BORBORBOR- GHANA: An African Tribal Dance

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Borborbor is an African tribal dance of the “Ewedome” community in Ghana, Africa. This “tribal” dance is said to have originated from the mid Volta region in Ghana. This dance is generally performed during “festive” occasions. In addition, this dance style essentially consists of music that involves the use of “drums”. Furthermore, the music used for this dance is also accompanied by “singing”. In addition, this form of dance is mainly performed in a group from dawn right until dusk.

a. History/origin of the Borborbor:

It is believed that the root of this dance form has been embedded within the culture of a village called Wusuta located around the Volta Lake in Ghana during the late 1940’s. It was however an ex-police officer belonging to a village called Kpando called Francis Nuatro who first developed a musical genre called “Borborbor”. He apparently fused styles of music such as the Konkoma to produce this (Borborbor) genre of music. Furthermore, it was then to the rhythms of this music that this dance form was eventually produced, and was quite aptly named “Borborbor”.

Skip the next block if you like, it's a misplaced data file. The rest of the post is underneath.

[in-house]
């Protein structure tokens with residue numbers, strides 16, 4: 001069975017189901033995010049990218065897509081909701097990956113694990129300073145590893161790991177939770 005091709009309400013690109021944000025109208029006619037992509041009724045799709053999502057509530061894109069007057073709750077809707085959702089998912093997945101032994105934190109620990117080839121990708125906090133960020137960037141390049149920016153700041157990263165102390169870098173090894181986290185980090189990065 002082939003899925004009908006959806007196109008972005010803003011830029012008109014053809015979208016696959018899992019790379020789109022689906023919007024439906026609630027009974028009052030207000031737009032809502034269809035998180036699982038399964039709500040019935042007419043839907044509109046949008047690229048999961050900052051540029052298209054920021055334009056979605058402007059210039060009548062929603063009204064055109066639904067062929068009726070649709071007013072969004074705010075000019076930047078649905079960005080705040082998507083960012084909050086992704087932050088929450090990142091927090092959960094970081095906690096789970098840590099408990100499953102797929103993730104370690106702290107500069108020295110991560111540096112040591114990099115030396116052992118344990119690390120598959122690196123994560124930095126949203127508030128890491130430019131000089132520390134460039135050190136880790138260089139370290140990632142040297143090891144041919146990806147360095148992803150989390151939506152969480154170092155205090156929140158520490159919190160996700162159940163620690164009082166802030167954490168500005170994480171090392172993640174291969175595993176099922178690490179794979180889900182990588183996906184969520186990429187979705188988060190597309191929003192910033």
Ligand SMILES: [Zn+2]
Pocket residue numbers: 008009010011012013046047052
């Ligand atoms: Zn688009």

b. Costumes used in the Borborbor:

This dance form is performed mainly by females and the costume worn includes a colourful long dress and two white handkerchiefs.

c. Music involved in the Borborbor:

“Traditional instruments” belonging to the Ewe community is basically used in this dance style. They include a pair of castanets, container rattles, a small drum called “vuvi”, a supporting drum called “asivu”, and a master drum called “vuga”.

d. Training availability and dance technique involved in the Borborbor:

In terms of the technique, this dance involves the performers forming a circle, and swaying to the rhythmic beats of the music produced by the drums played by the musicians. In addition, while dancing the performers are supposed to twirl two handkerchiefs in the air. As for training centres/schools there are none available around the globe since this is essentially an “African tribal dance” that is performed exclusively by a tribe in Ghana known as “Ewedome”.

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